Posted by: rcottrill | December 4, 2017

Come, Thou Long Expected Jesus

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Also see 30+ Ideas for Promoting Hymn Singing in your church. As others have contributed ideas, this wonderful resource has grown to over 80 items now. And, for more than three dozen reasons why congregations should still use hymn books rather than merely projecting words on the wall, see The Value of Hymn Books.

Words: Charles Wesley (b. Dec. 18, 1707; d. Mar. 29, 1788)
Music: Hyfrydol, by Roland Huw Prichard (b. Jan. 14, 1811; d. Jan. 25, 1887)

Links:
Wordwise Hymns (for another article see here)
The Cyber Hymnal
Hymnary.org

Note: John Wesley, with his brother Charles, brought revival and influenced social reform in Britain in their day. While John did most of the preaching, Charles provided more than 6,000 hymns that winged the truth into hearts through music. Two and a half centuries later, hymn books still contain many of his songs: Jesus, Lover of My Soul; Christ the Lord Is Risen Today; Rejoice, the Lord Is King; Depth of Mercy, Can There Be; O for a Thousand Tongues to Sing; Hark, the Herald Angels Sing; And Can It Be? and Soldiers of Christ Arise, to name just a few.

The great Welsh tune Hyfrydol is also used with the hymn Our Great Saviour, and can be used effectively with Philip Bliss’s hymn, I Will Sing of My Redeemer.

The stillness of the night seems to wash tension from our souls, bringing a calming sense of peace. We heave a gentle sigh of contentment. Then, suddenly, the silence is broken by a crack of thunder, and soon torrents of rain are lashing windows illuminated by jagged streaks of lightning.

A sudden noise can break the silence. But we use that phrase another way too. It can mean we begin to talk about something that seemed to be, for whatever reason, off limits before. A variety of subjects can be kept from casual conversation by a kind of unspoken consensus. Family conflicts, money troubles, and more. Years ago, nervous breakdowns and depression, a pregnancy outside of marriage, and terminal illness were seldom discussed openly. (Some doctors even advised not telling the patient that his life was about to end.)

There can be silence as well about social wrongs rooted in prejudice. In Canada, First Nations people have broken the silence about abuses suffered during the days of the Residential Schools (1876-1996). And in recent days more and more women are speaking up about verbal and physical abuse suffered in the workplace and elsewhere. In many cases the harm that was done has left behind a trail of bitterness, mistrust, and even despair.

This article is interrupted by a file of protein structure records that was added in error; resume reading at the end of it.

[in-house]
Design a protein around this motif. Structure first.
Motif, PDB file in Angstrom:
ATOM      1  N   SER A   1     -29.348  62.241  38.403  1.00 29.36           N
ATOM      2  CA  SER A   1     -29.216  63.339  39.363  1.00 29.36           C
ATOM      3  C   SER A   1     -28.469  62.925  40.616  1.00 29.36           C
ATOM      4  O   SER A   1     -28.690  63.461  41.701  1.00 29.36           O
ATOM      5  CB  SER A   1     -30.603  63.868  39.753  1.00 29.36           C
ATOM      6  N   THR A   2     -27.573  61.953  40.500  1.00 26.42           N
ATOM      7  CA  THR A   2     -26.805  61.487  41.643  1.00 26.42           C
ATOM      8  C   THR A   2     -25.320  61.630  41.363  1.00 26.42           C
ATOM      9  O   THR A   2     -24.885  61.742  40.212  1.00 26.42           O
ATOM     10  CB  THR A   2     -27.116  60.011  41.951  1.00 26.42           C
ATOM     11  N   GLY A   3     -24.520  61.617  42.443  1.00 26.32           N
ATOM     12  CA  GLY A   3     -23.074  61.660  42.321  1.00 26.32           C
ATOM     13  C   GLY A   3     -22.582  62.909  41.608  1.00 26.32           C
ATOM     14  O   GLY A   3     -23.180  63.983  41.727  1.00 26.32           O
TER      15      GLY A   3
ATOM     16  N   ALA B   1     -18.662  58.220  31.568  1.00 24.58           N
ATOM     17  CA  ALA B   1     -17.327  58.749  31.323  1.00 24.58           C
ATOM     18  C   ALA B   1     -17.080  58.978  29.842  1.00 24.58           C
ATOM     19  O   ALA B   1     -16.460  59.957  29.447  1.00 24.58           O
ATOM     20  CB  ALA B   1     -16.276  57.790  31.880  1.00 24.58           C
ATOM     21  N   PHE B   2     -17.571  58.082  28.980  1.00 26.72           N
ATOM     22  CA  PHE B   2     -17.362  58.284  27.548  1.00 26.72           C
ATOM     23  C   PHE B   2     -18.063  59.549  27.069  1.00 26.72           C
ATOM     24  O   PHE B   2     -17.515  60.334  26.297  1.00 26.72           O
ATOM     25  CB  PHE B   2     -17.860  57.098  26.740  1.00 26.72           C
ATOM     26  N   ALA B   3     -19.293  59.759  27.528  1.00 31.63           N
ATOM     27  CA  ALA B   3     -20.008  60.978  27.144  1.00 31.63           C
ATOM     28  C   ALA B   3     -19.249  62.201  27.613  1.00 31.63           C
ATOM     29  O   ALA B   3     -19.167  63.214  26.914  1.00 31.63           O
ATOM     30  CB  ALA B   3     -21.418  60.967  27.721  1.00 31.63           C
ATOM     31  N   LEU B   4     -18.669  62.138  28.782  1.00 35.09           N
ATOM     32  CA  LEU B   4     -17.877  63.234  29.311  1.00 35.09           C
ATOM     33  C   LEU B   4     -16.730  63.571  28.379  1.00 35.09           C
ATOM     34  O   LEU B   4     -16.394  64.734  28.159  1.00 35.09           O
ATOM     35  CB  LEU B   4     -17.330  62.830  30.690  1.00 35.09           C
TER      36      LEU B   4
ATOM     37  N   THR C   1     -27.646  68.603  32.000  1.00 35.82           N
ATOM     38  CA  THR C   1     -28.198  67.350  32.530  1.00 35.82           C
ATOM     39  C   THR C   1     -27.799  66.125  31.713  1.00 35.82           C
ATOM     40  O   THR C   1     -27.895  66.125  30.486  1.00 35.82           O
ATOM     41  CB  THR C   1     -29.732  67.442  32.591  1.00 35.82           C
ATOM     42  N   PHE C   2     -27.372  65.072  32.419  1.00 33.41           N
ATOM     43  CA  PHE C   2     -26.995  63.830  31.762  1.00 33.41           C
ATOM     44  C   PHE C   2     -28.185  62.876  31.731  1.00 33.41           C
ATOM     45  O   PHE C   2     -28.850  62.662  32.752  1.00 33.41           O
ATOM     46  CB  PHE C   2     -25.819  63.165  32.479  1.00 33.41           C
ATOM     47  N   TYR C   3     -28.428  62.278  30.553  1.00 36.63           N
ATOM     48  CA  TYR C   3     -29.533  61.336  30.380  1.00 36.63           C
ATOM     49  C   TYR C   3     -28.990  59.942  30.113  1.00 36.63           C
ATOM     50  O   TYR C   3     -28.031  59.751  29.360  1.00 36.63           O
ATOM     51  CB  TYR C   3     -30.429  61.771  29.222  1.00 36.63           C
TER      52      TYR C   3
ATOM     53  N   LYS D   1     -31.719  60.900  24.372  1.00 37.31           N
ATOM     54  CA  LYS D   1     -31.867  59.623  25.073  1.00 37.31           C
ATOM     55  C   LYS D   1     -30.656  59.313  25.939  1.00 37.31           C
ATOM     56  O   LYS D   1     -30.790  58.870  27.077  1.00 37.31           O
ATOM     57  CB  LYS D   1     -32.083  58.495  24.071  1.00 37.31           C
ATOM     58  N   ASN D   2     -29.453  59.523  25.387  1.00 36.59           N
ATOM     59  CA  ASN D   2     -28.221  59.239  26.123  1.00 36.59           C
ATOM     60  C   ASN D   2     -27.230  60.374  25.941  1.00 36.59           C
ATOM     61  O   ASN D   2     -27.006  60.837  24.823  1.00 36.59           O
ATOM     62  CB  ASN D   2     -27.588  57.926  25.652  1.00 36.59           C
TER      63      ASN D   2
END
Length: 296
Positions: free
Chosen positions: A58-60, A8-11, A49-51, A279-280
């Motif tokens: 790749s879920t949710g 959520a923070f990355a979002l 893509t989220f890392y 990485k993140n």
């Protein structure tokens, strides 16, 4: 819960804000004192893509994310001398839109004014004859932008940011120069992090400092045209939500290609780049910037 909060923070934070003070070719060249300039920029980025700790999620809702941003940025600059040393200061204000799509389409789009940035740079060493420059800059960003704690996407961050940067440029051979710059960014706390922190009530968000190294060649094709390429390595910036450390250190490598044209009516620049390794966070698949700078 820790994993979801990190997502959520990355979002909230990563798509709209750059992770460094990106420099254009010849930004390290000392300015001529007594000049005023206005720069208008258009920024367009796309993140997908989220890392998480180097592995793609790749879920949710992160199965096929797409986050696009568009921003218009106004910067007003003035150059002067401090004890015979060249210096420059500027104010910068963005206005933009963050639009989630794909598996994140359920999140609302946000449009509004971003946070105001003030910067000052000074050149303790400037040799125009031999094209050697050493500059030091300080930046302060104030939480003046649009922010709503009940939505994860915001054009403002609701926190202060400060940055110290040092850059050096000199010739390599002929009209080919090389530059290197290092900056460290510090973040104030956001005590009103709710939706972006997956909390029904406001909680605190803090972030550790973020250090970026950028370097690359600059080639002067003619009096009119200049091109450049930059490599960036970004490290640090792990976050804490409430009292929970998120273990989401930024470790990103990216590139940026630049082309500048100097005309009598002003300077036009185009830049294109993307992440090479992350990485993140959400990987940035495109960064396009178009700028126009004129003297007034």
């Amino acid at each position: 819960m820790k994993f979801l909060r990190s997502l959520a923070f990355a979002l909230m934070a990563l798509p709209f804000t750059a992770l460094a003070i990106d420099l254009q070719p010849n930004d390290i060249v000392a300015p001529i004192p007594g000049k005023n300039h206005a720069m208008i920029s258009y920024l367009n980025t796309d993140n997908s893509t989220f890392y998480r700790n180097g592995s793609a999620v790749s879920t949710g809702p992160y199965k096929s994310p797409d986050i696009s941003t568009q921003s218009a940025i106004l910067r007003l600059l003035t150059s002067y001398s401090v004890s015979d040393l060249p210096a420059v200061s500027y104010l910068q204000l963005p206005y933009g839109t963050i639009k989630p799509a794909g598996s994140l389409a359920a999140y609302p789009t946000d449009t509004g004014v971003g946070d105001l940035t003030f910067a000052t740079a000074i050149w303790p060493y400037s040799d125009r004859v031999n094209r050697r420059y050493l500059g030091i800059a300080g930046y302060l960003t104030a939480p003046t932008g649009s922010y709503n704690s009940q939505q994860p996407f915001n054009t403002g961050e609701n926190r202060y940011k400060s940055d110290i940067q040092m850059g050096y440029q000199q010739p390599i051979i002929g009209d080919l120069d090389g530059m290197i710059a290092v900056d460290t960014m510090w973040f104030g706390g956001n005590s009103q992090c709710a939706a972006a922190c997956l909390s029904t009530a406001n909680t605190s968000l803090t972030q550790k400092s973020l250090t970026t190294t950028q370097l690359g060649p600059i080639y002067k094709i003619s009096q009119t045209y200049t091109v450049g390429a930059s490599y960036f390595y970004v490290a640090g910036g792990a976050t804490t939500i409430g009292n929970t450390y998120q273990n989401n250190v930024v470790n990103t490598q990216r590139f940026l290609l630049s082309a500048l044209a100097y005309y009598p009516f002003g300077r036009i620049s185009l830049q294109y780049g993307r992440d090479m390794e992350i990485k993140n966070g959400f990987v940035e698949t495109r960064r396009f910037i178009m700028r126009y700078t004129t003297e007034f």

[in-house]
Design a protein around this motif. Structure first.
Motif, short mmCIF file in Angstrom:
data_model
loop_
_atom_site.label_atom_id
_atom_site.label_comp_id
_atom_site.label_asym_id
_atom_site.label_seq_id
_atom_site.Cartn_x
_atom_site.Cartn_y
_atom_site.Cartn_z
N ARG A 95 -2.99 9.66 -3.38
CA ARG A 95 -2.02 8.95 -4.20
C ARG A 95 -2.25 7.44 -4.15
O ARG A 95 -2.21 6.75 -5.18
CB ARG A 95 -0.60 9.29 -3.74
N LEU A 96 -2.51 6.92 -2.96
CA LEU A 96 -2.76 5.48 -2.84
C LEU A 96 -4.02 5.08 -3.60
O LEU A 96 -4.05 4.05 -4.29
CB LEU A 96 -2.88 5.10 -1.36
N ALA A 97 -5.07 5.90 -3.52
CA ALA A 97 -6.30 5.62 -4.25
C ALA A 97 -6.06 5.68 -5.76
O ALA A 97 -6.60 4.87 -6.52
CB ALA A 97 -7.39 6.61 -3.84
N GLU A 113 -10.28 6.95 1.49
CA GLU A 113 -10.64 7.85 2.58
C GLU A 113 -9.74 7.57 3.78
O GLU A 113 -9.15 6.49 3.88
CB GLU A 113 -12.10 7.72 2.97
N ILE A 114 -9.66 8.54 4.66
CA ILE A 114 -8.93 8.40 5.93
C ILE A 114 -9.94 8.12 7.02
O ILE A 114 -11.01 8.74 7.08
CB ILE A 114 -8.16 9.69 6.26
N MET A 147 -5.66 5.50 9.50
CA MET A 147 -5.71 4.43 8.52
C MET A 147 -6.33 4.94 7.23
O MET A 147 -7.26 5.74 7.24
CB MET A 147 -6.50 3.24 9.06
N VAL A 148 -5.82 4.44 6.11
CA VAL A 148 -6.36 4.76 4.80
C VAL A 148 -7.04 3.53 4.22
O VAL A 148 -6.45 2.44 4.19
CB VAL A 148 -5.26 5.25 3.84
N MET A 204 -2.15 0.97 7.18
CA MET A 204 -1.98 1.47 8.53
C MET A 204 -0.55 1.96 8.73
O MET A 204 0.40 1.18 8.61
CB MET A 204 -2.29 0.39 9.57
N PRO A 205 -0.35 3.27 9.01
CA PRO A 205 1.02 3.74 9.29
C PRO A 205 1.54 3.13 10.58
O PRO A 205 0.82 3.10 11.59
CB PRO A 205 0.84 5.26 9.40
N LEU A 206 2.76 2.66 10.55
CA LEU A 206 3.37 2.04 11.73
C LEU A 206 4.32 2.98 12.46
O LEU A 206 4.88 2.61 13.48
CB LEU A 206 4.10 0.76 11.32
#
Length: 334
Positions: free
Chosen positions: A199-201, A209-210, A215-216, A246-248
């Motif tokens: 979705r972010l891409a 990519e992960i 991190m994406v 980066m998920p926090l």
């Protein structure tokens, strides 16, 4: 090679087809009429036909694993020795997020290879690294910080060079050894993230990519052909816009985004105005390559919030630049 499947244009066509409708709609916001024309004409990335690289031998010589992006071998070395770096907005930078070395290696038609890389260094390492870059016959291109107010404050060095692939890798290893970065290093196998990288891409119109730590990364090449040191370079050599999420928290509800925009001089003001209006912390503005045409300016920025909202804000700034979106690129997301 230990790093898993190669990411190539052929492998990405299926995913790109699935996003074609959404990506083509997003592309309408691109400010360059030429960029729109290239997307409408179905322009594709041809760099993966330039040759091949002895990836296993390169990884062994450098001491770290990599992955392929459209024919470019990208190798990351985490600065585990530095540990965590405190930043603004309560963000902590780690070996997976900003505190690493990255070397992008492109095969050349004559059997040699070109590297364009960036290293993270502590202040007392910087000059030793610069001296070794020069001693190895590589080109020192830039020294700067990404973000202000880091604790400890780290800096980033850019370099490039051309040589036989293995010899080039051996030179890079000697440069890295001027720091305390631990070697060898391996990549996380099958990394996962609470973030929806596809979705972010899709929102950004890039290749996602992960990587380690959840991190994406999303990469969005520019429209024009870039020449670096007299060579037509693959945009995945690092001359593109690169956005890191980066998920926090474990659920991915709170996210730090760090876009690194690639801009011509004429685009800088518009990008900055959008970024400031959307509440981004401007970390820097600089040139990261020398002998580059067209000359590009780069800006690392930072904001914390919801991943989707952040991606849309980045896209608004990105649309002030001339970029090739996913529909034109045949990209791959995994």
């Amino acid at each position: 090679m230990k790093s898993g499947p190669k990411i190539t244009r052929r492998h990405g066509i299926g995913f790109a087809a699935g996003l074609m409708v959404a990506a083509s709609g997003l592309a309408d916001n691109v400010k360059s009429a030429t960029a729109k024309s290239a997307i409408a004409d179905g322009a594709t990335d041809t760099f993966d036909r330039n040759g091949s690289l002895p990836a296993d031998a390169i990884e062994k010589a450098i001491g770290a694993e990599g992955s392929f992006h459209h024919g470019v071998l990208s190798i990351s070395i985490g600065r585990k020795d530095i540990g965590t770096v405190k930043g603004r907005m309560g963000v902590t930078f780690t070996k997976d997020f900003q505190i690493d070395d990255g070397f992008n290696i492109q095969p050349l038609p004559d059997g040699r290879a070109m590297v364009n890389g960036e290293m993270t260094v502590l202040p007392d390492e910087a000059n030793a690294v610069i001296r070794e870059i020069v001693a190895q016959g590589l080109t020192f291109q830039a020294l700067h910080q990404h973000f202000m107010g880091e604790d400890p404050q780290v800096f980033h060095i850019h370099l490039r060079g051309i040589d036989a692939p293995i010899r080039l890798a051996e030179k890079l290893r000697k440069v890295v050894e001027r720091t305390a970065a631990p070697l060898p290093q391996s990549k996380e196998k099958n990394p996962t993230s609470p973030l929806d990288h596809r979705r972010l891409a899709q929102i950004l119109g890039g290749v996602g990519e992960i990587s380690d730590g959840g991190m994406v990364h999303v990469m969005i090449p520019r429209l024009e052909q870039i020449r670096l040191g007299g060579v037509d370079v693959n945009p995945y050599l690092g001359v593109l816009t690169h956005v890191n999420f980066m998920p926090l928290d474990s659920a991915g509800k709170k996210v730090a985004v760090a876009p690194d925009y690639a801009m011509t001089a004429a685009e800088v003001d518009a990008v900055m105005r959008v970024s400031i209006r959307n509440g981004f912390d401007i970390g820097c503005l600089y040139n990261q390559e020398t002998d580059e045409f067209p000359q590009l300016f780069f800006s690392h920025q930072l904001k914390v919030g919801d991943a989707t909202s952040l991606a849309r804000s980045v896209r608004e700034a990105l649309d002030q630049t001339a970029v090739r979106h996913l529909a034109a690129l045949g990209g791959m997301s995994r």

Breaking the silence takes courage, but ideally it will bring a new sense of hope and freedom to the individual, and a new understanding on the part of the rest of us. Learning to listen with compassion, and be supportive, when sufferers share painful things, can help to bring change and healing.

In the Bible, there is a long silence of another kind that was suddenly broken. It actually divides our Bible in two.

In about 415 BC, the Old Testament prophet Malachi predicted the coming of the Lord, and the ministry of John the Baptist to announce His appearing.

“Behold, I send My messenger, and he will prepare the way before Me. And the Lord, whom you seek, will suddenly come to His temple, even the Messenger of the covenant, in whom you delight” (Mal. 3:1).

Malachi is the last book of the Old Testament. When we turn the page, Matthew begins. But four centuries passed in between. Bible scholars sometimes refer to them as the Four Hundred Silent Years. “The Sun of righteousness shall arise with healing in His wings [or beams]” wrote the prophet (Mal. 4:2). But when? Year after year the people of Israel waited and longed for His coming, only to be disappointed.

Generations passed. And there does not seem to have been a single inspired prophecy in all those years. Only divine silence.

The breaking of the silence came around 5 BC, with an angelic visitation to an elderly Levitical priest named Zacharias. His wife Elizabeth was barren, and a senior citizen too. But the angel informed Zacharias that he would have a son, one who’d “go before Him [the Lord Jesus]” and “make ready a people prepared for the Lord” (Lk. 1:17). God’s “messenger” predicted by Malachi was to come at last.

Six months later, the angel Gabriel visited a young virgin in Nazareth named Mary, and told her that, by a miraculous work of the Holy Spirit, she would give birth to the promised One, the Messiah–to be called Jesus (Lk. 1:31-35).

After His birth in Bethlehem, the angelic announcement came, “There is born to you…a Saviour.” And the joyful news of His coming called for the enlistment of a whole choir of angels proclaiming, “Glory to God in the highest! (Lk. 2:11, 14).

In 1745 hymn writer Charles Wesley published a short hymn that brought the longing for His advent down to a personal level. It expresses the needy sinner’s desire that Christ would enter his life to bring eternal salvation and a new hope and new direction in life, through His reign there.

CH-1) Come, Thou long expected Jesus
Born to set Thy people free;
From our fears and sins release us,
Let us find our rest in Thee.
Israel’s Strength and Consolation,
Hope of all the earth Thou art;
Dear Desire of every nation,
Joy of every longing heart.

CH-2) Born Thy people to deliver,
Born a child and yet a King,
Born to reign in us forever,
Now Thy gracious kingdom bring.
By Thine own eternal Spirit
Rule in all our hearts alone;
By Thine all sufficient merit,
Raise us to Thy glorious throne.

Questions:
1) As a Jew who believed God’s Word, how would you feel and act if you lived during the Four Hundred Silent Years?

2) What would be the evidence in lives if Christ were to “rule in all our hearts alone [i.e. without a rival]”?

Links:
Wordwise Hymns (for another article see here)
The Cyber Hymnal
Hymnary.org


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